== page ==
Monday, 17 July 2017

Google Blocks

Okay, so, if like me, you've had your interest piqued by the prospect of Virtual Reality (VR) and Augmented Reality (AR) over the past year and a half and have even invested in Oculus Rift and/or a Samsung Gear headset (*other VR units are available) and you've got yourself a copy of Unity or Unreal Engine and had great expectations about making this wonderfully great new VR world with magical spinning things and whooshy (yes, that's a word I just made up) swirls of rainbow goodness, only to the have to fire up Udemy or Coursera to find a course that teaches you how to make 3D models.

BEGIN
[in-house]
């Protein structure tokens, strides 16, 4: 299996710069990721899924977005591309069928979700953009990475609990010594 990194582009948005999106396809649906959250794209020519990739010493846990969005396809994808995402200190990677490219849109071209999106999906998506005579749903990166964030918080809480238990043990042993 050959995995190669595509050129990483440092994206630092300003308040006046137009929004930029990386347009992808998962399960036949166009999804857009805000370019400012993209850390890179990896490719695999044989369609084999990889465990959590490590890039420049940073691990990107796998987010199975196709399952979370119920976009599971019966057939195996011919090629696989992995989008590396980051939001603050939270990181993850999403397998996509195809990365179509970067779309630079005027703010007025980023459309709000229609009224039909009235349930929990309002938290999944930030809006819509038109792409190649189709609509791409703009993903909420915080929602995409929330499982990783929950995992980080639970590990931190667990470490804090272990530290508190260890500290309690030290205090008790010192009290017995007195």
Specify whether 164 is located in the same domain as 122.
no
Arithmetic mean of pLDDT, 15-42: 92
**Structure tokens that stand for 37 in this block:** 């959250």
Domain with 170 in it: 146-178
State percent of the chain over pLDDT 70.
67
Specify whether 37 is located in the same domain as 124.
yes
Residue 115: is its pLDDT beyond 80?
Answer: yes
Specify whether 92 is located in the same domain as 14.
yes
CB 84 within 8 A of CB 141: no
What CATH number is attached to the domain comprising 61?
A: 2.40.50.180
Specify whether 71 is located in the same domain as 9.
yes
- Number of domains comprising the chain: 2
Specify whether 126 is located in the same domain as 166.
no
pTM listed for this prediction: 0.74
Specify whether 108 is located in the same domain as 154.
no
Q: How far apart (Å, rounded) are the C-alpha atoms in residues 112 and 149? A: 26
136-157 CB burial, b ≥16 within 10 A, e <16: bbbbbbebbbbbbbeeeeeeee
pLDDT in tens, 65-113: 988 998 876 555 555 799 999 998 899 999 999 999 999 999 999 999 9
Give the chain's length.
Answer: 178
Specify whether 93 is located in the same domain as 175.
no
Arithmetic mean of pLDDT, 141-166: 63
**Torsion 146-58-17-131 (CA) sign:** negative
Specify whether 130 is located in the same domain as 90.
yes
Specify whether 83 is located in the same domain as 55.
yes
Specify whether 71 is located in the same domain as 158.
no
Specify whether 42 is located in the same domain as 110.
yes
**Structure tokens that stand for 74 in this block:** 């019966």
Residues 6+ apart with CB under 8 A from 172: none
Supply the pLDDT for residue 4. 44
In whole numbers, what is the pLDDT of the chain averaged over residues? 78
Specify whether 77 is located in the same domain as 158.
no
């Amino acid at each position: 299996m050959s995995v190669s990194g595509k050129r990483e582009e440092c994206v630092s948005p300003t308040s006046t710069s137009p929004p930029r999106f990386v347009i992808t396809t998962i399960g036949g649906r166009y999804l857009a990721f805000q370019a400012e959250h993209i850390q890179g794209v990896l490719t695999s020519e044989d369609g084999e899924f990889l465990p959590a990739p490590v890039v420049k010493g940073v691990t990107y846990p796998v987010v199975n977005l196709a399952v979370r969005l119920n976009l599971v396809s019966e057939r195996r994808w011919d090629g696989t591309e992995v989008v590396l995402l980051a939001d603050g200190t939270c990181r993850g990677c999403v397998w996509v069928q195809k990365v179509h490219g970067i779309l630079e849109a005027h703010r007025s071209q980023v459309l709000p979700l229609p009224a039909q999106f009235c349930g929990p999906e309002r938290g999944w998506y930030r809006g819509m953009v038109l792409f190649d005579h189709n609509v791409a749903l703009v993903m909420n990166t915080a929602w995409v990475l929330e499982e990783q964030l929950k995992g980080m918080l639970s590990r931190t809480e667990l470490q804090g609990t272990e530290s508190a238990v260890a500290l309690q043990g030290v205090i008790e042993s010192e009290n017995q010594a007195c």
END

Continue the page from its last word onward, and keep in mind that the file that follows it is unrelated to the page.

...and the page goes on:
Several weeks later, you've made a potato.  A bad looking potato.  It is kind of 3D, but has lumps in the wrong places.  It does NOT look like the prancing unicorn that you envisaged for your main character representation in your snazzy new VR world.  Come to think of it, the rocks, buildings, cars, <insert any other shape or object that you wanted to have in your landscape> now all represent variants of your potato.  Just in different colours and with lumps in different places.

You have to admit it.  You are no 3D studio max / Blender 3D modeller.  Some people are (they get out less than you/I do, there's a reason for that) and I bow and curtsey to them with much honour and respect.  I do not have 5-10 years to learn everything about those tools to make a "thing".
I want to spend 1 week figuring out how to make my "thing" and then focus on making a world where my "thing" can prance around in and then spend some time to write small snippets of C# code that does "stuff" when my "thing" gets noticed by the collision detection event and then the "thing" does another "thing" and "whooooa! you weren't expecting that" happens.